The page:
Charles Fried is, by any measure, a pre-eminent legal scholar and American jurist. He served as an Associate Justice of the Massachusetts Supreme Judicial Court from 1995-1999. Prior to that, he was Solicitor General of the United States from 1985-1989. He has argued numerous major cases in state and federal appellate courts, including Daubert v. Merrell Dow Pharmaceuticals, in which the United States Supreme Court established the standards for the use of expert and scientific evidence in federal courts. He has also been a member of the faculty at Harvard Law since 1961, and is the author of nine books and more than 30 journal articles.

Professor Fried recently spoke to Massachusetts Appellate Blog about appellate practice and his advice for Massachusetts appellate lawyers. In this, the first of two posts recounting that discussion, Fried offers helpful practice points for oral argument and brief writing. In the next post, we will share some examples he provided from his practice as an appellate lawyer, and an interesting anecdote on how the Supreme Judicial Court changed its pre-argument procedures during his tenure on the Court.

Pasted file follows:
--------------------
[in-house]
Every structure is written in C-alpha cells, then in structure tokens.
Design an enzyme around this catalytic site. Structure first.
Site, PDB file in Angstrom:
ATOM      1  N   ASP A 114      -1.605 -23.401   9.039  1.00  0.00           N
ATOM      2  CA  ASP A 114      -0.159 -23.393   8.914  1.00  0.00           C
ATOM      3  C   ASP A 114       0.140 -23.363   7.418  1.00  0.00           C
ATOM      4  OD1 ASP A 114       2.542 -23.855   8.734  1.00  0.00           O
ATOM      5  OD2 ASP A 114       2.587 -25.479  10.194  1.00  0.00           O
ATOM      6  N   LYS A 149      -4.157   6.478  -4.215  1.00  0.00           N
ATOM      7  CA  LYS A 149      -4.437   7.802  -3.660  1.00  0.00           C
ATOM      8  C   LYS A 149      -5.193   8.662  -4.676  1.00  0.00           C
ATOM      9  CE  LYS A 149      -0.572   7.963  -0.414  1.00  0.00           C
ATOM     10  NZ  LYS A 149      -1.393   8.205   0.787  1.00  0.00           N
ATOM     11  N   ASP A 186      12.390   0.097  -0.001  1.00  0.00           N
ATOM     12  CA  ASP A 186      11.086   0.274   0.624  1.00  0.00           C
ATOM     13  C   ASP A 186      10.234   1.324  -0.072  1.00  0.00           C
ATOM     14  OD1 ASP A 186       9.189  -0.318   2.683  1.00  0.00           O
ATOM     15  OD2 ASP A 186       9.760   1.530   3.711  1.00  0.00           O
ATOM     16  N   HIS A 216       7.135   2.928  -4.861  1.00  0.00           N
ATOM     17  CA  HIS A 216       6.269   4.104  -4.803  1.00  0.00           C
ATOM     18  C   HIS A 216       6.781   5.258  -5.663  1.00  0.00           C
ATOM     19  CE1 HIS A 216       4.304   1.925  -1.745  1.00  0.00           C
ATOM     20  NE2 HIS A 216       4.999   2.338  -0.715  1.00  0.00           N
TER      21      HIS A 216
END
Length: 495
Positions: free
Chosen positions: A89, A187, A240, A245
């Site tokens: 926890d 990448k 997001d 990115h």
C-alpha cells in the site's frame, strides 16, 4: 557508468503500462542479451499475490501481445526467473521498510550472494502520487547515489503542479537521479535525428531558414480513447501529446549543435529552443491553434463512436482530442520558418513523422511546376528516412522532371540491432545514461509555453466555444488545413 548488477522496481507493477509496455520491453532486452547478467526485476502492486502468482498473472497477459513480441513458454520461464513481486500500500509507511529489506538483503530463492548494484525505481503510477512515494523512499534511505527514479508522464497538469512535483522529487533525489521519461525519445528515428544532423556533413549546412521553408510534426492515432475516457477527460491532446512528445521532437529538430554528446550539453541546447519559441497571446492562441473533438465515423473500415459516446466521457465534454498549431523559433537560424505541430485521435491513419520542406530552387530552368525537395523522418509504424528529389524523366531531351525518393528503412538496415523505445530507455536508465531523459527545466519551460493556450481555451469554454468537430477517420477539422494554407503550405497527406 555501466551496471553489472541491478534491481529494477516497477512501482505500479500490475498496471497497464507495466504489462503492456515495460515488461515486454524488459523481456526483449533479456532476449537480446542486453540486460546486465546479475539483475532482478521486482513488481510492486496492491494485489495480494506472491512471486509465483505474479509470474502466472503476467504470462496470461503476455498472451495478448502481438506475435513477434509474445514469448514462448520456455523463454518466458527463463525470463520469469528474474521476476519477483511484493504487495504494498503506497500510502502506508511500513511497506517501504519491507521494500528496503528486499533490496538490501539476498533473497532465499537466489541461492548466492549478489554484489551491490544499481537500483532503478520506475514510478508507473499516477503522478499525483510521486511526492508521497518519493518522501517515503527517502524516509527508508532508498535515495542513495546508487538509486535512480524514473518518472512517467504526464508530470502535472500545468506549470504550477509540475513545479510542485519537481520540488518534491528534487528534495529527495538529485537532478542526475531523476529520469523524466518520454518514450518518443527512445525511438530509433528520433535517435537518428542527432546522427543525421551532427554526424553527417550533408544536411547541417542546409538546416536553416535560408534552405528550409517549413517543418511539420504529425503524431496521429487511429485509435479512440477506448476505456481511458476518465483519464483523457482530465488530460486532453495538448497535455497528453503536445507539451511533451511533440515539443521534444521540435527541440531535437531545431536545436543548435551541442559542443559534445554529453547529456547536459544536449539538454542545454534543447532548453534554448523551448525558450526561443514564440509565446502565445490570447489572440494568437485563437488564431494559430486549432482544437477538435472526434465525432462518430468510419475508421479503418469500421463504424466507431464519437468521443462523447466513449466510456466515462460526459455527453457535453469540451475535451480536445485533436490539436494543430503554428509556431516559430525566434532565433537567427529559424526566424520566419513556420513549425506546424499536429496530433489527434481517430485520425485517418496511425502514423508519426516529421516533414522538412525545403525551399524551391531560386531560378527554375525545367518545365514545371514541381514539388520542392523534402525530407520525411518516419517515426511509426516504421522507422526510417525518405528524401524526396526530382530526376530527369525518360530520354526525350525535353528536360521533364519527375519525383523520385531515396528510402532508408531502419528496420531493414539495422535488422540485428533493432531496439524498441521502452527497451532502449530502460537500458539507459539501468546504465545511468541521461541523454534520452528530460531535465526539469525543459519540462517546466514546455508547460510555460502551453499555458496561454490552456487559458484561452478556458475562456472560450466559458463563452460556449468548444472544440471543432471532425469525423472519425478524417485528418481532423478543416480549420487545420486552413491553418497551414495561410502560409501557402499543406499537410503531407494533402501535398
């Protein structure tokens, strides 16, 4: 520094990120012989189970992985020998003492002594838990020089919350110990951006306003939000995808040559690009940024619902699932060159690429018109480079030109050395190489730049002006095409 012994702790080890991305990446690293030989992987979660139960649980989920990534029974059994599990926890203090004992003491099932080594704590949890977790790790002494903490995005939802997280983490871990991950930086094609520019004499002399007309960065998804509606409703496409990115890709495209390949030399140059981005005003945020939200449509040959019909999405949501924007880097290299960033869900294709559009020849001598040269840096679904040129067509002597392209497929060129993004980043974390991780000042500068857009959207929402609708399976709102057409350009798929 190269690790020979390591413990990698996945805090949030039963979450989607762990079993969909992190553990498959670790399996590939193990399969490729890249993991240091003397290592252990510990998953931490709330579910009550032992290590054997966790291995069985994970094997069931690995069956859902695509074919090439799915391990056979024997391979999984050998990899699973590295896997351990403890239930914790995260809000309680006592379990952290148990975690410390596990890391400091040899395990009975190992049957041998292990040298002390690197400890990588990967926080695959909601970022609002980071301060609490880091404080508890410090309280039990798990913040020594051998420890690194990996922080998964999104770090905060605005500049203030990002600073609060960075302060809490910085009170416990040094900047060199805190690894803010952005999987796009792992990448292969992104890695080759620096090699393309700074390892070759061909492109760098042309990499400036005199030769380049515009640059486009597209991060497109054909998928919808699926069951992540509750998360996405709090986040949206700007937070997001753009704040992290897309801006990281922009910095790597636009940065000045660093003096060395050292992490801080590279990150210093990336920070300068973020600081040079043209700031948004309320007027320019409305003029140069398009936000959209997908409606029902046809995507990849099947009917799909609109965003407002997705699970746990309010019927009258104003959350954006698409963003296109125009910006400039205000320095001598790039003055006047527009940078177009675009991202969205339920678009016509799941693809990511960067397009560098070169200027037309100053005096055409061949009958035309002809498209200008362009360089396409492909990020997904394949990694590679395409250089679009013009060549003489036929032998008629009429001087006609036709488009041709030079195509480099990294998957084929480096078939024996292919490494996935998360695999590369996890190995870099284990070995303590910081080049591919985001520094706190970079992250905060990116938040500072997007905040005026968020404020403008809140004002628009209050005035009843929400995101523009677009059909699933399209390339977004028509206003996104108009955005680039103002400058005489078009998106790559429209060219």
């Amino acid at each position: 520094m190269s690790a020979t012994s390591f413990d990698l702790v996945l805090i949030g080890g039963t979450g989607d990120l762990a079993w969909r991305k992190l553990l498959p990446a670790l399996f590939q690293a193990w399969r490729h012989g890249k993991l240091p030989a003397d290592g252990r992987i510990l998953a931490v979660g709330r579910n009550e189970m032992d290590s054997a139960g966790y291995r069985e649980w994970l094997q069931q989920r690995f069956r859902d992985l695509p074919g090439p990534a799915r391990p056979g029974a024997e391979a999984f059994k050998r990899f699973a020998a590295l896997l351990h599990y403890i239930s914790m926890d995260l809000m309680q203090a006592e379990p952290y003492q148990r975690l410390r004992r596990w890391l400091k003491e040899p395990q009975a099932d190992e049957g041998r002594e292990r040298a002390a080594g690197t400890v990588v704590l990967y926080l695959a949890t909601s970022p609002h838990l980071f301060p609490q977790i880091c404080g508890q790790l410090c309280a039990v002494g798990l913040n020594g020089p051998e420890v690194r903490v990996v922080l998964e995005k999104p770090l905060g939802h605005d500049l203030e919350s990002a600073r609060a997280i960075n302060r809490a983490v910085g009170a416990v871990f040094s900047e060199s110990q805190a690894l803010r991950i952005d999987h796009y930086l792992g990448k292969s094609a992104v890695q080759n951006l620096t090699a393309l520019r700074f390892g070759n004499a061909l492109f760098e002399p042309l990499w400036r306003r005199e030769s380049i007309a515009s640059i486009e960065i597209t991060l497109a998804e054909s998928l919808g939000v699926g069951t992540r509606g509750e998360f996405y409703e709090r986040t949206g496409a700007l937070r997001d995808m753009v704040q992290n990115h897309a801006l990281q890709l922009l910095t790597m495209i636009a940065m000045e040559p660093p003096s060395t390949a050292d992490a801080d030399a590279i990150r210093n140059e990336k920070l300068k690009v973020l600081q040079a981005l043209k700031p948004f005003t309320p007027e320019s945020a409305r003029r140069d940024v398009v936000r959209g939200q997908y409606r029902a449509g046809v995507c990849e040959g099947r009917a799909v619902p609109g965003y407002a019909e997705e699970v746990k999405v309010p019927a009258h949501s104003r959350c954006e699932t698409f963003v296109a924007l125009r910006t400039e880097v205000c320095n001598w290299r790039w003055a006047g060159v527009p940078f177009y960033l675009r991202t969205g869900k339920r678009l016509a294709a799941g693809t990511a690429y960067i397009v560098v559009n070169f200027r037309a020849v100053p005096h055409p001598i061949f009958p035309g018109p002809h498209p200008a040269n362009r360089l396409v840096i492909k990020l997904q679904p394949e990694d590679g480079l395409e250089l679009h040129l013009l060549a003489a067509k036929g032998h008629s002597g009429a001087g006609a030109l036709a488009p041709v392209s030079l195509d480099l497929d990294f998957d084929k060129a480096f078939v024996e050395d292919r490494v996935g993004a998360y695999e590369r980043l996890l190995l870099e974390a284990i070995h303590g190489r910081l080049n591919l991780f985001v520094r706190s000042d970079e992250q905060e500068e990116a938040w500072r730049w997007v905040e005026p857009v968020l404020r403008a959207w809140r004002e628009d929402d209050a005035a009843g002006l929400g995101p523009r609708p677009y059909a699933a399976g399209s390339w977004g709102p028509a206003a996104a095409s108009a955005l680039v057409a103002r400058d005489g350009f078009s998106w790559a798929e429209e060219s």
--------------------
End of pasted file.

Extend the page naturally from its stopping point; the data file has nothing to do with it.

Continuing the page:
Oral Argument

  • Many appellate lawyers can’t help but continue talking long past the time they have something important to say. Get to the heart of it, Fried advises. He considers it a point of pride not to make it to the yellow light (indicating that time is almost up).
  • Find an image or an analogy that encapsulates the legal issue presented to the court, so that it will remain in the minds of the justices when they think about the case later on.
  • Remember that it is hard to win a case at oral argument. More often, you are trying not to lose what you have won in your briefing.
  • Do not evade questions at oral argument. The justices will see that evasiveness, become irritated, and assume you do not have a satisfactory answer to the question posed.

Brief Writing

  • Many lawyers are so consumed by the injustices that occurred in the trial court that they cannot appreciate the strength of the case on appeal. Fried refers to this as “Acquired Conviction Syndrome.” The result is that they focus the appellate briefing on a dozen small points, rather than the few issues that stand out. That is lethal, and is one reason it is often a good idea to hire appellate counsel.
  • Get the bad news out yourself. Whether in brief writing or at oral argument, appellate judges are smart and will see the weaknesses in your case. Don’t miss the opportunity to address those weaknesses and put them in the best possible light. If you don’t, the justices, or worse, your opponent, will.

Photography by Matthew W. Hutchins, some rights reserved.